Mr. Blythe worked in R&B bands throughout his teens, learning to cut through the volume of electric guitars while maintaining a romantic lyricism. That mixture of sultry and strident came to define his style.

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MANAGE EMAIL PREFERENCES PRIVACY POLICY OPT OUT OR CONTACT US ANYTIME When he was 19, he moved back to Los Angeles, where he met the pianist and bandleader Horace Tapscott and became affiliated with the Union of God’s Musicians and Artists Ascension, Mr. Tapscott’s Pan-African alliance of innovators.

In 1974, frustrated with the Los Angeles jazz scene’s limitations, Mr. Blythe left for New York, determined to make his mark.

He arrived with a nickname that reflected his self-affirmation and his uncompromising spirit: Black Arthur. He was known in Los Angeles for his racial pride and his willingness to speak boldly on behalf of other black people, despite an otherwise understated demeanor. Mr. Murray recalled him standing up fearlessly to police officers who had hassled him.

Mr. Blythe embraced the nickname, even calling himself Black Arthur Blythe on the cover of a 1978 album, ‘Bush Baby.’

Soon after arriving in New York, he began assembling bands with unusual instrumentation. When not playing with a straight-ahead quartet, he favored chunky, percussive backdrops that offset his tuneful improvising.

In 1977, The New York Times critic Robert Palmer praised Mr. Blythe, writing, ‘He is sly; he teases the beat, toys with polyrhythms and leaves gaping holes in the fabric of the music, only to come roaring back in with plangent held tones or crisp, punching riffs.’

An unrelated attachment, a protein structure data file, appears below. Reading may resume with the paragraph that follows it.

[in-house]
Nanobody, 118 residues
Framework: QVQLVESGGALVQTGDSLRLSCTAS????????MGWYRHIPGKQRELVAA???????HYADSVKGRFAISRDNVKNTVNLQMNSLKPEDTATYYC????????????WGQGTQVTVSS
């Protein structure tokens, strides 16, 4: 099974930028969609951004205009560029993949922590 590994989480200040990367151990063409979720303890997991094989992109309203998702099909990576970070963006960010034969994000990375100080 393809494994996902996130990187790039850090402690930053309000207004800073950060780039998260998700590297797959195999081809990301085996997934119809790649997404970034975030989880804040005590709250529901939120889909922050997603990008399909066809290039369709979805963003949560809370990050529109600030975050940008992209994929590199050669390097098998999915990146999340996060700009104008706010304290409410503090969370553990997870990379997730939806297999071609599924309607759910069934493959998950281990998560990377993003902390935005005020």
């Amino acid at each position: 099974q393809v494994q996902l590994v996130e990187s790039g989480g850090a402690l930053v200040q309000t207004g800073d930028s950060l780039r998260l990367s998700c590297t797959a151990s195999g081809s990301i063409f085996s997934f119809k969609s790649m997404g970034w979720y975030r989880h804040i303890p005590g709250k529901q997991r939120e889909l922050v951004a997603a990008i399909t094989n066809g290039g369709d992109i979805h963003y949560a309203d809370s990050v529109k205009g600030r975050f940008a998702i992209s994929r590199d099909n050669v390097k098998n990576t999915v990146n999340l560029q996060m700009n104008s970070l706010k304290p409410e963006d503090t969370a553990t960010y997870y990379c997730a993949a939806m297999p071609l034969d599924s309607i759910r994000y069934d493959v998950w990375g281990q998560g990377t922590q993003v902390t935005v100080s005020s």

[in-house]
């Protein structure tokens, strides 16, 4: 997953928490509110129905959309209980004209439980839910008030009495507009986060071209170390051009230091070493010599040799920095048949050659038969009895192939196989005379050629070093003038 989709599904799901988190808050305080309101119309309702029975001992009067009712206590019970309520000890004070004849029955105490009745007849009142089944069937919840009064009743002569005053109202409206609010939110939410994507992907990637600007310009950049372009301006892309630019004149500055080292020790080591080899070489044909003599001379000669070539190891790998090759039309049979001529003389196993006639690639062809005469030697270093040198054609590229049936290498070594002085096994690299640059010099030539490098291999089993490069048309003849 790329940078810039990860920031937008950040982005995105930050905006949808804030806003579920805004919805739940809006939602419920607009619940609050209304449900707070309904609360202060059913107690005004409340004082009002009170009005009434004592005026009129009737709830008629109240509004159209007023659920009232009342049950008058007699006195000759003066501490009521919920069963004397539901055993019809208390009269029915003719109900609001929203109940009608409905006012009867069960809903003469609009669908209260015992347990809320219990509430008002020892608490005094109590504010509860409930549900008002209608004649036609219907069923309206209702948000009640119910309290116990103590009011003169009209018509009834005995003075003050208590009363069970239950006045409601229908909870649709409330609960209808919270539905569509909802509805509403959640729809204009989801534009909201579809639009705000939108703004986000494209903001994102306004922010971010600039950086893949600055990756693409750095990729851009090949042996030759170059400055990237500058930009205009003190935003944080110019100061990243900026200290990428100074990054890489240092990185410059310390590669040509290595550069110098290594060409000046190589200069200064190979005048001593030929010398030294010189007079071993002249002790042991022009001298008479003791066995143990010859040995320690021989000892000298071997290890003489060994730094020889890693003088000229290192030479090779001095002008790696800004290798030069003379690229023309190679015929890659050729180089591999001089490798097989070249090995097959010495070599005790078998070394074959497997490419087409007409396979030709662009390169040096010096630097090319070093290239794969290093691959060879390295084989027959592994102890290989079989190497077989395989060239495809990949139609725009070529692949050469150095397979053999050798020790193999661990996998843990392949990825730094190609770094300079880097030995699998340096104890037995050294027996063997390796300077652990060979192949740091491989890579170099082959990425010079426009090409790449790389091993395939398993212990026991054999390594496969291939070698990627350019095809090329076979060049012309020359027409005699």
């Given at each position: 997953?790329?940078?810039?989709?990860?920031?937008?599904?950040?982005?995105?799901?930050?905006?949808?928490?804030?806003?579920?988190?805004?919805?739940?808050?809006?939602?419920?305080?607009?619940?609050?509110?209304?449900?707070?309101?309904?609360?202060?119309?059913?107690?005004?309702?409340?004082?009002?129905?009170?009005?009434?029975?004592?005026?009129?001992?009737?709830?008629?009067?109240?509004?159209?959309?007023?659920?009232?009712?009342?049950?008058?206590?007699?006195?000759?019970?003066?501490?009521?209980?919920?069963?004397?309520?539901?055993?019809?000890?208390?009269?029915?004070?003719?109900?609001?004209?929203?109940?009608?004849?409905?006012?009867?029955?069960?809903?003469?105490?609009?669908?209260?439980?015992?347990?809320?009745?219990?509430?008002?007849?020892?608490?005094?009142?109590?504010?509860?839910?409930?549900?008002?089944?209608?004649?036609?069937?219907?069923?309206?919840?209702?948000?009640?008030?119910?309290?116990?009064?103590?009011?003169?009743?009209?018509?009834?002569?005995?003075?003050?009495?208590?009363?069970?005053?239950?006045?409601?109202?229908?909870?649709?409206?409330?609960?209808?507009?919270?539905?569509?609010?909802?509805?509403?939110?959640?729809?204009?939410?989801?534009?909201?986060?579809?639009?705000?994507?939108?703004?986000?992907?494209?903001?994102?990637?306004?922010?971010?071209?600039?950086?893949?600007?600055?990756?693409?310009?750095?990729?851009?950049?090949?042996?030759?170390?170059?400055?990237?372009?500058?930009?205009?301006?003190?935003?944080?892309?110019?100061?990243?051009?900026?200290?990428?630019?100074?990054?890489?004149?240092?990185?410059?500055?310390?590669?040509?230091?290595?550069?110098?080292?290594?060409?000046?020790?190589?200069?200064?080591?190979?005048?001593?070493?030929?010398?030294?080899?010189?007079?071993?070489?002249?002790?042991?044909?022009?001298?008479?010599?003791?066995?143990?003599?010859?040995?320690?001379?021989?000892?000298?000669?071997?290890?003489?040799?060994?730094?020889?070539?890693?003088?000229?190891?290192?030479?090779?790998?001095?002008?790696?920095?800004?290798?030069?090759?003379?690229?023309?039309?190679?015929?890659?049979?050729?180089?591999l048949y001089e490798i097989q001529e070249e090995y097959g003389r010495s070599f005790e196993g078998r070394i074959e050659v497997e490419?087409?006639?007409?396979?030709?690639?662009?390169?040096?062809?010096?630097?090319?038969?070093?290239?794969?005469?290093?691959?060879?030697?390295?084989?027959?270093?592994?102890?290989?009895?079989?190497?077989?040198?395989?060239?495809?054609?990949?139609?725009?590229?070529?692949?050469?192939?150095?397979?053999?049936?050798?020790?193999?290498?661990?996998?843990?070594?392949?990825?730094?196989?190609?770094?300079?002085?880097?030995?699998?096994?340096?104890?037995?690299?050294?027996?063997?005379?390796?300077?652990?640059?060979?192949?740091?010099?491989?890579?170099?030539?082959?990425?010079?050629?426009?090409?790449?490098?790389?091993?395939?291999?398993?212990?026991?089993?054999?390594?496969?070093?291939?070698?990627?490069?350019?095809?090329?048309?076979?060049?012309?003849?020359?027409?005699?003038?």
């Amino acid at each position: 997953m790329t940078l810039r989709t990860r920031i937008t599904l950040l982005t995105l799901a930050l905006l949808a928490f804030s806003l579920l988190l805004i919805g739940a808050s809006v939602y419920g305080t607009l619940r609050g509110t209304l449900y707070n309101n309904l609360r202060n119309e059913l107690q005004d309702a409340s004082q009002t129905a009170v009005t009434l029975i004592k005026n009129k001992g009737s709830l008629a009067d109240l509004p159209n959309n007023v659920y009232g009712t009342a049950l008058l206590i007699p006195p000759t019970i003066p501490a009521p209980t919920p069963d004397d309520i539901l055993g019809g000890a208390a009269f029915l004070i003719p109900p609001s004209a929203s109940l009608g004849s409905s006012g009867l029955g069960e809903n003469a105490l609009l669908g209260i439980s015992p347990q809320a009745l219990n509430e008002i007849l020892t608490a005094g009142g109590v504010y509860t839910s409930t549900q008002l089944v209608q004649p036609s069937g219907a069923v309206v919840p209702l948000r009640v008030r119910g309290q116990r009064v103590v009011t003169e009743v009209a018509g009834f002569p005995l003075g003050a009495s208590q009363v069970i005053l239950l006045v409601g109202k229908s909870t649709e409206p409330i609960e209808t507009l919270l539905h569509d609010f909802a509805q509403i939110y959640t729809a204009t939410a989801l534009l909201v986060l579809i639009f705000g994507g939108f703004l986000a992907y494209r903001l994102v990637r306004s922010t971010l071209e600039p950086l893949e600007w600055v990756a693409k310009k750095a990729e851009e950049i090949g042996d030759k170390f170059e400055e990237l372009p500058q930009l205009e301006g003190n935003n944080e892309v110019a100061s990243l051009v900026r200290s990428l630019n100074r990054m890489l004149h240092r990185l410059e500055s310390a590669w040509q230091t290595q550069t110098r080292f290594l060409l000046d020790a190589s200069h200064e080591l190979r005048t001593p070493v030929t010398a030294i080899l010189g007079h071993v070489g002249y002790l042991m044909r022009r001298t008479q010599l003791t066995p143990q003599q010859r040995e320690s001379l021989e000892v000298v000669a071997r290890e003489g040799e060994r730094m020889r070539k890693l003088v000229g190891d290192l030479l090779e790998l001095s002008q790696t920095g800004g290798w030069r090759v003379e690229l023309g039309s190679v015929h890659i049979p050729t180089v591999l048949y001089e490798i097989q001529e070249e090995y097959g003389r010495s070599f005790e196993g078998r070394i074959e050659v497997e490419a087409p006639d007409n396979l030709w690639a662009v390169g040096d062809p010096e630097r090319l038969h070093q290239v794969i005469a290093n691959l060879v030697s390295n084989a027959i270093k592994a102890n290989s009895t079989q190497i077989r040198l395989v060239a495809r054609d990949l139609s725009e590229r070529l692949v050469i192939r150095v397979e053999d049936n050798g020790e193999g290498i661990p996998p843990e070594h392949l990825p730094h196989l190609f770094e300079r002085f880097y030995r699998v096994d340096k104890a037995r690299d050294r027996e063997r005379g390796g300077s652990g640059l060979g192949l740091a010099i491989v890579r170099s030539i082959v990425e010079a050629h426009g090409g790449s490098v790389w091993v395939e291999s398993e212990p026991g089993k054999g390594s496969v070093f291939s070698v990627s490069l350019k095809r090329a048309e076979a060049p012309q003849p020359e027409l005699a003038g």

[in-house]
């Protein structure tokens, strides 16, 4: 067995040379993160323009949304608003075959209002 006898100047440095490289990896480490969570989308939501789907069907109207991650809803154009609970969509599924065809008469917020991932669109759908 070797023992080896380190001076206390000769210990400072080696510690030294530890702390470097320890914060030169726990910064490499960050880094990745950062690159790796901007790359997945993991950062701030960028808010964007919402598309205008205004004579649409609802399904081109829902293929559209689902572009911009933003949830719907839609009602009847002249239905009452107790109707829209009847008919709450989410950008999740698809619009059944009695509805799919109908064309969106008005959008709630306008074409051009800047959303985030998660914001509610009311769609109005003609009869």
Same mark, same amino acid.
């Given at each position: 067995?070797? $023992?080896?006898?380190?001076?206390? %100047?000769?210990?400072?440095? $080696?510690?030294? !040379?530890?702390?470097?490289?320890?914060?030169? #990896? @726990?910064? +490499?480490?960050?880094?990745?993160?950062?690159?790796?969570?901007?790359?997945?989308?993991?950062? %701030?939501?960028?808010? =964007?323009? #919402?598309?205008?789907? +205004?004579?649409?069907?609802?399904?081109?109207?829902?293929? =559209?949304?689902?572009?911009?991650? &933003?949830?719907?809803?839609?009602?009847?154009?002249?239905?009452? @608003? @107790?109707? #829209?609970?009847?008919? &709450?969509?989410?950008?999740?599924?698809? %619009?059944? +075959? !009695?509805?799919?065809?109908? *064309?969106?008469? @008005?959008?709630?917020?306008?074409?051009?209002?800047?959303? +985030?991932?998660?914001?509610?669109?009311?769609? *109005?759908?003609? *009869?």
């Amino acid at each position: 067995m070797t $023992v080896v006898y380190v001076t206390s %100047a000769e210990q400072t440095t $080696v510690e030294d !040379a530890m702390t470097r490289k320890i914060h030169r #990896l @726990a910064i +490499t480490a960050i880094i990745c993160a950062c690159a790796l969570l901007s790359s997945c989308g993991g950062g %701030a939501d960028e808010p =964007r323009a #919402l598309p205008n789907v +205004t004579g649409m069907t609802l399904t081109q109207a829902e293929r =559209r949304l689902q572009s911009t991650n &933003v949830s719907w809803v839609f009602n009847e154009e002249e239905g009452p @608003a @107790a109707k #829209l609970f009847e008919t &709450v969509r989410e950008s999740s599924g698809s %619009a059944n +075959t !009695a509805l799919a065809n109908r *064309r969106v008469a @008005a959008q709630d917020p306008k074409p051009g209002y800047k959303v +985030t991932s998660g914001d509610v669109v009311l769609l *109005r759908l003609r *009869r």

Even after signing with Columbia, Mr. Blythe insisted on creative autonomy, releasing nine albums across a range of styles. He continued to record and perform regularly, often with the tuba player Bob Stewart and the drummer Cecil Brooks III, after Columbia declined to renew his contract in 1987.

He moved back to California in 1998 to take care of his children after his second marriage ended. He performed less frequently but released a handful of albums on the Savant label in the early 2000s before failing health eventually forced him to stop performing.

In addition to his wife, Mr. Blythe is survived by his daughter, Odessa Blythe, and two sons, Chalee and Arthur Jr., all from his second marriage; two half brothers, Bernard Blythe and Adrich Neal; and a half sister, Daisy Neal. His first two marriages ended in divorce.

‘The music that I deal with has elements of bebop to ballad, swing to sweet, blues to boogie, and pop to rock,’ Mr. Blythe told the musician and oral historian Ben Sidran in 1986. ‘If I have the ability to do that, I should be able to do whatever I want to do in those areas — because I am dealing with the tradition, and my culture, and my heritage.’"

(Via.). Arthur Blythe, Jazz Saxophonist Who Mixed Sultry and Strident, Dies at 76 - The New York Times: